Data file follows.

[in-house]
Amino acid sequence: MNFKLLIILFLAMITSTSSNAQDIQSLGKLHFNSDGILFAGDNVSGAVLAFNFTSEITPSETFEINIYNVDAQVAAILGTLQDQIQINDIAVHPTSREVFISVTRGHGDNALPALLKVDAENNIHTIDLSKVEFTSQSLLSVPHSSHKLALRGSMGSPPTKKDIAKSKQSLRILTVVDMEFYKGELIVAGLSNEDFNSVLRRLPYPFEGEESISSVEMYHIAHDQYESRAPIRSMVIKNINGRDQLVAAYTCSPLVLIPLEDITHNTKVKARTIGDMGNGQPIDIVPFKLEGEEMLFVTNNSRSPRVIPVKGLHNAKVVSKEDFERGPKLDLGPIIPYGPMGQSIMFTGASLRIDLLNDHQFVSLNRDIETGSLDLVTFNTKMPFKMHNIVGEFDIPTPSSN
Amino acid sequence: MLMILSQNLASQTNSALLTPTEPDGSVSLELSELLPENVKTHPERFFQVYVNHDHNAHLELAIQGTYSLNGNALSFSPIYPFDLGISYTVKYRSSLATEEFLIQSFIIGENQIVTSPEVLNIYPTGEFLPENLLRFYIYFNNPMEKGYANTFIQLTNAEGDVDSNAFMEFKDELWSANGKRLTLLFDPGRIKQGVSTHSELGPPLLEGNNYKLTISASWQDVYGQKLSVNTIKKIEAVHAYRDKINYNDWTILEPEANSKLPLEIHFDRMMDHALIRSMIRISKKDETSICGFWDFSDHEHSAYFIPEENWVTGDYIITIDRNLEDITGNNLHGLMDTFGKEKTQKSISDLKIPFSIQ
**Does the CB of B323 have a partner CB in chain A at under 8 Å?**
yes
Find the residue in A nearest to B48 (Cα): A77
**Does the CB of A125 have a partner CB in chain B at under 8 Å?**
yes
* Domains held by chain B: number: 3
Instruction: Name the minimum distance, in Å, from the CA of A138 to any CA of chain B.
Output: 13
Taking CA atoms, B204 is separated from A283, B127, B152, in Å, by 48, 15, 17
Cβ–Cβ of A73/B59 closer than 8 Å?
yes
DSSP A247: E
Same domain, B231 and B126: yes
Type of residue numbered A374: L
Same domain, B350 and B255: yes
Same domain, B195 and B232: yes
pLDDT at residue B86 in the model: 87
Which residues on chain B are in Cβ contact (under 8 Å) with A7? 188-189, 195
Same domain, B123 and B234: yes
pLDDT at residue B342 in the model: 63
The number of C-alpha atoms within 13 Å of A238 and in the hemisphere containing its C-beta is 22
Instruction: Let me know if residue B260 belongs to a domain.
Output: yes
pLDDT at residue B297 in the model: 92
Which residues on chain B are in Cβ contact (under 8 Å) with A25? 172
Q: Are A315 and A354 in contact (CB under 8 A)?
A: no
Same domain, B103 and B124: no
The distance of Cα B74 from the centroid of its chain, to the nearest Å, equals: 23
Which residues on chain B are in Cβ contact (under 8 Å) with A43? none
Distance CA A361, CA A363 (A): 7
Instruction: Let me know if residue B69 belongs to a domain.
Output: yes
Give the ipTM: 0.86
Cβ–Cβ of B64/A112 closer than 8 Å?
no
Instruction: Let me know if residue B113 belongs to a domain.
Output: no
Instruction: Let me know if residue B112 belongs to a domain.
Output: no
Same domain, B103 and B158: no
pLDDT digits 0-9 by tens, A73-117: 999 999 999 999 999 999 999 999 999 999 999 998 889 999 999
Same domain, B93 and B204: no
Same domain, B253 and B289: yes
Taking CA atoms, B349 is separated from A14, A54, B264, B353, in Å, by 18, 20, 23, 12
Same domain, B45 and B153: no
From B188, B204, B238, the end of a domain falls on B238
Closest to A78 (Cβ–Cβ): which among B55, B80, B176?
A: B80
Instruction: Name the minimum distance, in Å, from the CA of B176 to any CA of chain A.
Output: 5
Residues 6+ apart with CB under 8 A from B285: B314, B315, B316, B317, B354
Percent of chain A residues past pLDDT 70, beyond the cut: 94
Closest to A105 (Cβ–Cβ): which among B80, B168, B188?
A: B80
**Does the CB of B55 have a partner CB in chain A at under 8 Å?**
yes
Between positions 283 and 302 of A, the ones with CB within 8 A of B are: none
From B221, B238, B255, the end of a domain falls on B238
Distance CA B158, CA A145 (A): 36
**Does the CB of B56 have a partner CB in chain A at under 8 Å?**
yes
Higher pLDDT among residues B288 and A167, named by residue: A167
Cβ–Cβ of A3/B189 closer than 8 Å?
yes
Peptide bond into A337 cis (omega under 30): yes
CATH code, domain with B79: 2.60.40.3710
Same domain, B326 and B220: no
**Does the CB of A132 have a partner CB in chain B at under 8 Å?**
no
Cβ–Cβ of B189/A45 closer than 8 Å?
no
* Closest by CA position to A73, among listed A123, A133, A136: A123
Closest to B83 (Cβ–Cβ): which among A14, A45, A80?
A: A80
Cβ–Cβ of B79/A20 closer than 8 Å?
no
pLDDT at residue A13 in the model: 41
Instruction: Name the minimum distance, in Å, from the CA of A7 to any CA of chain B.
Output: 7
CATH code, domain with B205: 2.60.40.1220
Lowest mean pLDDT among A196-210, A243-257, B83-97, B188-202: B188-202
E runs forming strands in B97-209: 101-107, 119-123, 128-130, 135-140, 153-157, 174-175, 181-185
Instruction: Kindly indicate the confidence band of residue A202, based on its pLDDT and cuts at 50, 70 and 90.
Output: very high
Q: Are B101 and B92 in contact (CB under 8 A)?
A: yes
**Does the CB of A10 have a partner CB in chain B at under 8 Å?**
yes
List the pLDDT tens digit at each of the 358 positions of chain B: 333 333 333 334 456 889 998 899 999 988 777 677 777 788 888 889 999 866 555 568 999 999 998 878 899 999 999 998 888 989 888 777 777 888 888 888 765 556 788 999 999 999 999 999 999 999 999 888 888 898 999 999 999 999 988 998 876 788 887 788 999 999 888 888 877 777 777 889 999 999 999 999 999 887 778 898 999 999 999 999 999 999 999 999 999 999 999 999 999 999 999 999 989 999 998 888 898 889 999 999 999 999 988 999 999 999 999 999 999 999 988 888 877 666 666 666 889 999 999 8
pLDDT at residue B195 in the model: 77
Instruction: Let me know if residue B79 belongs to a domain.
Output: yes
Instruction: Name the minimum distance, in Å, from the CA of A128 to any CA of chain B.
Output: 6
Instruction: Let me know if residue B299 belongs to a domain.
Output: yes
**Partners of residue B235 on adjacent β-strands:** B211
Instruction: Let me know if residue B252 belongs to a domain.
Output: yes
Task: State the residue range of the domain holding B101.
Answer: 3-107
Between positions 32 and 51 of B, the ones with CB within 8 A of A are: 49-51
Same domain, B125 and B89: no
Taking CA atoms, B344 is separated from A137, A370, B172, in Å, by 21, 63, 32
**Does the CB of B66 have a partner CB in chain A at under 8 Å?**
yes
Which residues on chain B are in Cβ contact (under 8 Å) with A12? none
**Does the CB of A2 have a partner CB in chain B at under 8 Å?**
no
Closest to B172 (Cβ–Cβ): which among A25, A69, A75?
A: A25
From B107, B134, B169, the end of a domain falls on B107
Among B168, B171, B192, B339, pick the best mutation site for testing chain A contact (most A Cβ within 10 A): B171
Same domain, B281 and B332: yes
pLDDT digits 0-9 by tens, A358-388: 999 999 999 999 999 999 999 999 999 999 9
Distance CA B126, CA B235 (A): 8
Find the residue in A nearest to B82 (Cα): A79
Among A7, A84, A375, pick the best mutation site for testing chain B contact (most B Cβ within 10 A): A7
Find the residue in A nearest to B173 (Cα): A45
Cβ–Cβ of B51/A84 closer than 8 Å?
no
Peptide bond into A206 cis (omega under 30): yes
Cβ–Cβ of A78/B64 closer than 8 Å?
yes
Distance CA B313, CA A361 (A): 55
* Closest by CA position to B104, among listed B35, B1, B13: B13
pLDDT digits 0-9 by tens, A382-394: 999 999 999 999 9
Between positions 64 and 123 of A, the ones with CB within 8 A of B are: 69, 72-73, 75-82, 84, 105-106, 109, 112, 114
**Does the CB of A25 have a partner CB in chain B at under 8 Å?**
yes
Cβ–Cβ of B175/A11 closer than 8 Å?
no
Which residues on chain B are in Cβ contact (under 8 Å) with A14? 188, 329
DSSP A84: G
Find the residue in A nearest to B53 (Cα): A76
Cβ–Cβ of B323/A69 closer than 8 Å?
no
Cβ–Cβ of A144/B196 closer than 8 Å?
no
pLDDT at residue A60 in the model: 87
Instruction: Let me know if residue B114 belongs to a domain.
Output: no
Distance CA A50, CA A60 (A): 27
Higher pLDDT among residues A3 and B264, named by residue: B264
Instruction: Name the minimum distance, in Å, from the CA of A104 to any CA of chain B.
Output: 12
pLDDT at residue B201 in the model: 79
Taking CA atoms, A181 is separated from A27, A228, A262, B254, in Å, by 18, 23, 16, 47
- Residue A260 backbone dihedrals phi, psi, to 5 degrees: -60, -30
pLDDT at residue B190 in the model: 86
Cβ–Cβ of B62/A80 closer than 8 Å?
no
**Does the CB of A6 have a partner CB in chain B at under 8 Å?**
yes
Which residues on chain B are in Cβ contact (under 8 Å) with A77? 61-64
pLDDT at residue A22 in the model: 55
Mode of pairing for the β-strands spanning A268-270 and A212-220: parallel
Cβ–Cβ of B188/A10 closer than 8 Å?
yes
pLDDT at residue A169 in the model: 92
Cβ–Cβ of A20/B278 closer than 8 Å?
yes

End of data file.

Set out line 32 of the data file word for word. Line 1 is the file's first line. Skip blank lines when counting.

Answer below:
The distance of Cα B74 from the centroid of its chain, to the nearest Å, equals: 23